Many medical practices are hesitant to try out email marketing, and for good reason–the consequences of a HIPAA violation are serious, but the laws are not clear-cut on what is acceptable and what is not. With so much open to interpretation, practices are left wondering if it’s even worth the risk to reach out to patients via email.
It is possible to create an email marketing strategy that will keep your practice on the right side of HIPAA laws. Of course, we would recommend that you consult with an expert on HIPAA laws before diving into risky territory, but these tips should help you stay on the right track.
1. Emails with patient health information (PHI) must be encrypted.
Email is generally not a secure means of communication. Any message that you send is vulnerable if you don’t take the proper precautions. You won’t be able to simply send messages to patients via a free email address from Google, Yahoo, or other major providers like you would do with your personal emails. This is where encryption comes in. Encryption protects your emails from being read by anyone other than the intended recipient if the email is intercepted while in transit. Even something as simple as a name and email address can be considered PHI in certain contexts, so the best practice is to encrypt all emails you send out. You can choose to manually encrypt each email your practice sends out, or use a HIPAA-compliant automated service. Many email clients, like Apple Mail and Microsoft Outlook, allow you to manually encrypt emails. However, that does require diligence on the part of employees sending out the emails; one slip-up could put you at risk of a violation. If you’d rather not take that risk, you can use a service that will automate email encryption for you.
2. Not all email marketing services are HIPAA-compliant.
Don’t assume that just because you’re paying for a service, it’s automatically secure enough to comply with HIPAA guidelines. In fact, many services are not–even the ones designed for use on a corporate level. When choosing an email marketing service, it is important to make sure that the service will cover all of the necessary security measures before moving forward. Always make sure to ask whether an email marketing service has the capabilities to offer HIPAA-compliant email. When in doubt, work with an expert on HIPAA law to help determine whether or not an email marketing service will meet the right standards. As with your website hosting service, be sure to get a signed Business Associate Agreement (BAA) with your email provider to clearly spell out responsibilities.
3. Never send emails to patients who have not requested communication by email.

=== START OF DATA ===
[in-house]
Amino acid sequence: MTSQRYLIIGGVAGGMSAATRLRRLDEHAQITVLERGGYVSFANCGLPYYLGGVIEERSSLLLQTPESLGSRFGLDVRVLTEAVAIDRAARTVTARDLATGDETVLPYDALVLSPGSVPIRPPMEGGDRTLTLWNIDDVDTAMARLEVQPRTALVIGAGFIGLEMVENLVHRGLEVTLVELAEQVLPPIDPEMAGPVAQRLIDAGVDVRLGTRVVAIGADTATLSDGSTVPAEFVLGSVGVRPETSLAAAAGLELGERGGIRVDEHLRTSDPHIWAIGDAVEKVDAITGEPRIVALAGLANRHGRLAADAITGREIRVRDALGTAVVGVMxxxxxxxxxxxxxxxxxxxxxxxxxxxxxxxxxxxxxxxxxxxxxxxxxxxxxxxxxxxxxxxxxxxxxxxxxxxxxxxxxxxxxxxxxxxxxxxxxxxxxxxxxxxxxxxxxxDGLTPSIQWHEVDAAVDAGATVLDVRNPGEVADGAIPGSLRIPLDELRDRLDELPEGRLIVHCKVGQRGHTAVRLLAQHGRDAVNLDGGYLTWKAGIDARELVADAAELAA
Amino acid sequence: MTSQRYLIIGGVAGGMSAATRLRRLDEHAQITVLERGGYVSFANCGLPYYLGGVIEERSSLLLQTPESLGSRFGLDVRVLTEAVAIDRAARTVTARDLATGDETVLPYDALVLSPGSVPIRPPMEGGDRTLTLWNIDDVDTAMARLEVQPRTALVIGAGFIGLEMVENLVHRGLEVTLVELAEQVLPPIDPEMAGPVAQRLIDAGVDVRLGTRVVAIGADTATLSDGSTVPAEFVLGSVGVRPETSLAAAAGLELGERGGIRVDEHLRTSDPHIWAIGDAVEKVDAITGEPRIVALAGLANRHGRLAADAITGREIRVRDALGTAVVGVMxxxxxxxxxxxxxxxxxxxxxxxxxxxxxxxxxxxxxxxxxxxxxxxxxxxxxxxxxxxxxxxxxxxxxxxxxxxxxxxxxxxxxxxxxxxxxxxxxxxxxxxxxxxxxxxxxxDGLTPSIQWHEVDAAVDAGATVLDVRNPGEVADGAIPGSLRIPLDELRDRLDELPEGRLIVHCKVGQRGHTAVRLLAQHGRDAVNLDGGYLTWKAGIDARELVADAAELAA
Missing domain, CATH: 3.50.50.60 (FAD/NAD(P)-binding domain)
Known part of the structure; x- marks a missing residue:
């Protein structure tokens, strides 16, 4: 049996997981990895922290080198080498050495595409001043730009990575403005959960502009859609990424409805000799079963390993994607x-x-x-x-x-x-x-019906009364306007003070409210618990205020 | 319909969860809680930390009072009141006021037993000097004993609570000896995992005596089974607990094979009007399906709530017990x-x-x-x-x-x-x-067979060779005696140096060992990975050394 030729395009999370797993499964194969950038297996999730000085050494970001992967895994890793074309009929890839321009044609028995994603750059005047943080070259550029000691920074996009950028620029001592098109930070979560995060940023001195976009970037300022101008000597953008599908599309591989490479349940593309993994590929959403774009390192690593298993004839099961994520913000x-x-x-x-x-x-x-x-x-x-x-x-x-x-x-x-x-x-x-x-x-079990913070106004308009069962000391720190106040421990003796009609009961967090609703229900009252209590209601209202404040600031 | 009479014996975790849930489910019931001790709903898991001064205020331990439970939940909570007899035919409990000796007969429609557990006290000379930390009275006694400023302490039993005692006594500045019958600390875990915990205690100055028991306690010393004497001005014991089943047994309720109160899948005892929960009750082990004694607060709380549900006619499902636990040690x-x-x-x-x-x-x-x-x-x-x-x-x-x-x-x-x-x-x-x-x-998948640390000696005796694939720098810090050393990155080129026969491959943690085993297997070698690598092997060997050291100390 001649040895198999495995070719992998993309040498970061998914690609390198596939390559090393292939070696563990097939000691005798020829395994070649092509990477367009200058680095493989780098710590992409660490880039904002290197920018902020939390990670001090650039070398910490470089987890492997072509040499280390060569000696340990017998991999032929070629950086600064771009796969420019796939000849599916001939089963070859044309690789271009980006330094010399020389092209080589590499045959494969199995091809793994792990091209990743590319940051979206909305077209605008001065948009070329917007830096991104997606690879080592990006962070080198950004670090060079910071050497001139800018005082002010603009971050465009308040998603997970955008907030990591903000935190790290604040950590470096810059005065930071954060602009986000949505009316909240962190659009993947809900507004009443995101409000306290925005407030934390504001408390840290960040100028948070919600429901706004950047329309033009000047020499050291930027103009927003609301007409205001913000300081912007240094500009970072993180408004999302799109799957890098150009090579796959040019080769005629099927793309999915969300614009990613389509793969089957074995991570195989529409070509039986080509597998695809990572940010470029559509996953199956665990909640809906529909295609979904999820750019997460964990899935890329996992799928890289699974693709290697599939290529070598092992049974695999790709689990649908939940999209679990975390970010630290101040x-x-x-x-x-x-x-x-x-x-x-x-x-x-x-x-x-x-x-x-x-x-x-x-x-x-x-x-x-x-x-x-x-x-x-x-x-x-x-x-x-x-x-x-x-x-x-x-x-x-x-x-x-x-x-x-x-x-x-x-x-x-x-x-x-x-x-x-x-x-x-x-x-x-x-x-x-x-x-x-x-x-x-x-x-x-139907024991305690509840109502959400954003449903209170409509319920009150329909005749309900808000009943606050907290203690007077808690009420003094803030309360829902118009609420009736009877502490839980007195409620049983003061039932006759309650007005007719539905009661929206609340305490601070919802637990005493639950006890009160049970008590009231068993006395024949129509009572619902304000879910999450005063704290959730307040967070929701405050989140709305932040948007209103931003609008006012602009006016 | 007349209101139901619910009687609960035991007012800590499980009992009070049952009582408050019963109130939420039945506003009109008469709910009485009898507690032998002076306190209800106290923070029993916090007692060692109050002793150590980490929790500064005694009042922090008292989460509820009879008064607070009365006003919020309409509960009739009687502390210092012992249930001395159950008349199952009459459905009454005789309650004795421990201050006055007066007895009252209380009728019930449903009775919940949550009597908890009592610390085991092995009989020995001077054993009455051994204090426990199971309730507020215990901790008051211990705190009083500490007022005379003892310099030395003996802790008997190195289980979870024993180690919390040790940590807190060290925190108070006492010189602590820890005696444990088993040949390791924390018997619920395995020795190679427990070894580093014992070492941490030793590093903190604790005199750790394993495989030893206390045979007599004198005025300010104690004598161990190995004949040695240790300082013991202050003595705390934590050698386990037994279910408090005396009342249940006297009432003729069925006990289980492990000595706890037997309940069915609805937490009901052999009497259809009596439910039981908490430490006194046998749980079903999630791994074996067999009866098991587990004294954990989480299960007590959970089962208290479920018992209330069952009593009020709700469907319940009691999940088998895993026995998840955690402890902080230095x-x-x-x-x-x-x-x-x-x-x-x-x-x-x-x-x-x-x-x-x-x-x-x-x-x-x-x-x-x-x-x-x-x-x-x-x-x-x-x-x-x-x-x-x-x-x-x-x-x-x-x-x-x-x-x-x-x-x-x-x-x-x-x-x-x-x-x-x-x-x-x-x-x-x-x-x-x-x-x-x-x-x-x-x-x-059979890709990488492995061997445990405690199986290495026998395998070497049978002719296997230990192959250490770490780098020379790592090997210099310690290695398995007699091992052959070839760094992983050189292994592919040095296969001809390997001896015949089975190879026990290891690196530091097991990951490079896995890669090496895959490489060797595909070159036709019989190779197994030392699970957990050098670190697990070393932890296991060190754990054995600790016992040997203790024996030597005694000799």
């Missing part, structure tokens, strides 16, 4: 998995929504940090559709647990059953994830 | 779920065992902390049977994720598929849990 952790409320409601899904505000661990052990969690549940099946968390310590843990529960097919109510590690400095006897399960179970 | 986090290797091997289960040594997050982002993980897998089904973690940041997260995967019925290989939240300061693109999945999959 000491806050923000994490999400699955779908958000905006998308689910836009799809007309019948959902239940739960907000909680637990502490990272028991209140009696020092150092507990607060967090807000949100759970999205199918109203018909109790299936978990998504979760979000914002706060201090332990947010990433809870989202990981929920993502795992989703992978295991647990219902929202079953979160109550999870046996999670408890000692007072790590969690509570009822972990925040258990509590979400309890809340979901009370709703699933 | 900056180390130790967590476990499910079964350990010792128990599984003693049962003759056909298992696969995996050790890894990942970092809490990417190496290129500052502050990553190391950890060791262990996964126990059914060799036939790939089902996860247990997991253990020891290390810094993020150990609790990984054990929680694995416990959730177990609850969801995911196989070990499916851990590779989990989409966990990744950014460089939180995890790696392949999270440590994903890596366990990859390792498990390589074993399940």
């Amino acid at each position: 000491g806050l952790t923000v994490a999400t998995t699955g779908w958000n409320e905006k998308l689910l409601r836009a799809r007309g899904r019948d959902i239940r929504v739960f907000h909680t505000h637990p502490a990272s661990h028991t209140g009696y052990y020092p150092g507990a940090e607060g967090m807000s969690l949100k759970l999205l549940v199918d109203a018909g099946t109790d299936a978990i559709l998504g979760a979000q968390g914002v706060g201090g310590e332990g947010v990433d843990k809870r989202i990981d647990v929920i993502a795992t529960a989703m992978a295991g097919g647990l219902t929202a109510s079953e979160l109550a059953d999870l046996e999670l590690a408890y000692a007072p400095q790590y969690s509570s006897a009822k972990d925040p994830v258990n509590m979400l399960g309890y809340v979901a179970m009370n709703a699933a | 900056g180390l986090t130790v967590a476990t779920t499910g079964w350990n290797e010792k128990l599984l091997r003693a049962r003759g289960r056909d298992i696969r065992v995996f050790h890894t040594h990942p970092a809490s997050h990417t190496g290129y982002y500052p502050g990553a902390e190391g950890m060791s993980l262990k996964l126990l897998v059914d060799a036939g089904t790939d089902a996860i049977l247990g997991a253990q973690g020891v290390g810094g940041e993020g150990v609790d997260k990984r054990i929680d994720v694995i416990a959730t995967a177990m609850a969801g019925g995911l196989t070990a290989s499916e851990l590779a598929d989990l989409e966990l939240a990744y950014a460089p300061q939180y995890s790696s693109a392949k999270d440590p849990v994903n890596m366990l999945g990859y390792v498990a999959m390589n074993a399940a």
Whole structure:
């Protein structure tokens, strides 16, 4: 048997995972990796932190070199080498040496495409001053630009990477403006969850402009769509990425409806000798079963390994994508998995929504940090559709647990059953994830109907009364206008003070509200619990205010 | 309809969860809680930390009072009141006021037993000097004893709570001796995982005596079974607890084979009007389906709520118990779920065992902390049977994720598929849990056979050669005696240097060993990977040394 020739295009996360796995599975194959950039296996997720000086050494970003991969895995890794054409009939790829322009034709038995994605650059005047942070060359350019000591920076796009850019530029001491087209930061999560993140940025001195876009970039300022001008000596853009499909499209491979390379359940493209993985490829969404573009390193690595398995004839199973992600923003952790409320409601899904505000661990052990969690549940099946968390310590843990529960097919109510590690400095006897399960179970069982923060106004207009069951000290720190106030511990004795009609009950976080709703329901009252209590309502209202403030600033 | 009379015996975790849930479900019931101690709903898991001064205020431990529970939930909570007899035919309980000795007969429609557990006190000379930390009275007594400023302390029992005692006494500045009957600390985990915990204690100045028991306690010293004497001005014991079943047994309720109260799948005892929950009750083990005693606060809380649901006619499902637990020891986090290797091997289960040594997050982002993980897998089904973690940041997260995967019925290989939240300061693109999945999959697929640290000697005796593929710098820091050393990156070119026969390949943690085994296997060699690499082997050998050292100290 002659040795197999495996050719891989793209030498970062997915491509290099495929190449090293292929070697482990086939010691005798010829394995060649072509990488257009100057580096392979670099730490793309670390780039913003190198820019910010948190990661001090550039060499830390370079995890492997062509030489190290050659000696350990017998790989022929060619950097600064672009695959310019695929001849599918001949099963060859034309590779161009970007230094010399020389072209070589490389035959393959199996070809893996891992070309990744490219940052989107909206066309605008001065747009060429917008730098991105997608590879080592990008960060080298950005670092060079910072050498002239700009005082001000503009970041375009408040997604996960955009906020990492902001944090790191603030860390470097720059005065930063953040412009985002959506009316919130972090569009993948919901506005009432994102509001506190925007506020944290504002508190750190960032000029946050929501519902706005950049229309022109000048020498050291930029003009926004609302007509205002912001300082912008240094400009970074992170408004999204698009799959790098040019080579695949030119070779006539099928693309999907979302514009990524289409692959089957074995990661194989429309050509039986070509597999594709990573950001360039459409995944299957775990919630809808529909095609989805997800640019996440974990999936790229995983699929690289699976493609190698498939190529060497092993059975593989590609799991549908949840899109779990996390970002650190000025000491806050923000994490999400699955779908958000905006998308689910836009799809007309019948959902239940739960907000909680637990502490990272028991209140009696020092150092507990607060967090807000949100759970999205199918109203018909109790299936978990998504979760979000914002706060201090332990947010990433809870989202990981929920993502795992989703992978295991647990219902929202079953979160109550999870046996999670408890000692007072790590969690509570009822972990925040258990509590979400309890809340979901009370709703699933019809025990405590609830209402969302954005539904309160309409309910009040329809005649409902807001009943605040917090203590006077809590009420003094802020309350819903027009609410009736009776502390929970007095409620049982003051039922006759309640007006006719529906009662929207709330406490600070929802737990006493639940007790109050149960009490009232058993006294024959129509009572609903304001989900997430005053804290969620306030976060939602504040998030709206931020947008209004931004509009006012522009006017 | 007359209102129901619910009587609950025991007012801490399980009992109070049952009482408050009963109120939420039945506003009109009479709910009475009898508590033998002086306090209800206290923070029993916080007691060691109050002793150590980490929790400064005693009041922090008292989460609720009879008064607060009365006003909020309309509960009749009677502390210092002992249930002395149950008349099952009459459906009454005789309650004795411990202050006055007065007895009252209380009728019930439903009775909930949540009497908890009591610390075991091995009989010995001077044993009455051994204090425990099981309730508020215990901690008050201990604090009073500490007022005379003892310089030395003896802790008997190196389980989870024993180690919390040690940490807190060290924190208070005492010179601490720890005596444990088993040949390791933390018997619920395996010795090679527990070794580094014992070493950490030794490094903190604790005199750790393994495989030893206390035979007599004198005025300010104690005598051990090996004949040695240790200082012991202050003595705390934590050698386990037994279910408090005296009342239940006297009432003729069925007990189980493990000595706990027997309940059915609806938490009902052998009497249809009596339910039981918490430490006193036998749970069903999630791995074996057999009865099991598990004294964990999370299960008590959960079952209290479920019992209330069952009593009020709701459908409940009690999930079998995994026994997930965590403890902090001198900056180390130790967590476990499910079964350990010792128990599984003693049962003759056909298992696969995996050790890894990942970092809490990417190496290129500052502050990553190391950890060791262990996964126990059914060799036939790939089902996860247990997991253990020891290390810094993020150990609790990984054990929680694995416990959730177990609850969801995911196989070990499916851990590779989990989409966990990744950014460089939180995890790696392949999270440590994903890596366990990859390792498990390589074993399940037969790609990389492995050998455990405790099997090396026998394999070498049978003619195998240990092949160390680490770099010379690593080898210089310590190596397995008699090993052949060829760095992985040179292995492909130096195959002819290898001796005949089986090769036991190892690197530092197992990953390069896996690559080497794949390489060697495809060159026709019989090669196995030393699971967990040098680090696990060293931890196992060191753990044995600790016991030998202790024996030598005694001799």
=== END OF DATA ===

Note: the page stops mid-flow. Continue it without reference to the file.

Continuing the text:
You may request patients’ email addresses on your sign-in forms, but unless they have indicated that they wish to receive emails from your practice, you should avoid that means of communication. One way to do this is to add a question about communication preferences on your practice’s sign-in forms (“How would you like to hear from us?”). Patients could then check off “Email” and provide an email address if they prefer to be contacted by email. You could even take it a step further and add another question that says, “What types of email communication do you wish to receive?” Options could include “appointment reminders,” “newsletters,” or “condition-specific health tips.” It’s best not to discuss matters like test results over email–those conversations are best done over the phone.
Another option is to add a signup form on your website. Patients can then opt into your marketing communications if they wish, including newsletters and condition or procedure-specific emails. According to HIPAA guidelines, you should not send this type of information if the patient did not request it, but you are allowed to send information this way if the patient expressly asks for it. HIPAA policy also states that if a patient initiates email communication, “the health care provider can assume (unless the patient has explicitly stated otherwise) that e-mail communications are acceptable to the individual.” However, even when the patient requests email communication, you still need to take the appropriate measures to ensure communication is as secure as possible.
4. Make sure patients who sign up are aware of the risks of email communication.
Even if you do everything you can to ensure email security on your end, there is a good chance that your patients’ email services are not secure enough to prevent potential breaches. It is important that they understand this risk before entering into email communication with your practice. The best practice is to include a disclaimer both upon signup and at the bottom of each email message. If a patient initiates communication via email and you feel that he or she may not be aware of the risks, it is appropriate to inform the patient of those risks and then let the patient decide whether or not to continue email communication.
Ultimately, a successful email marketing strategy in healthcare comes down to doing what is best for the patient. Only email the patient if he or she requests it, and do everything you can to keep the communication secure. These practices will keep you on the right side of HIPAA laws and keep your patients happy.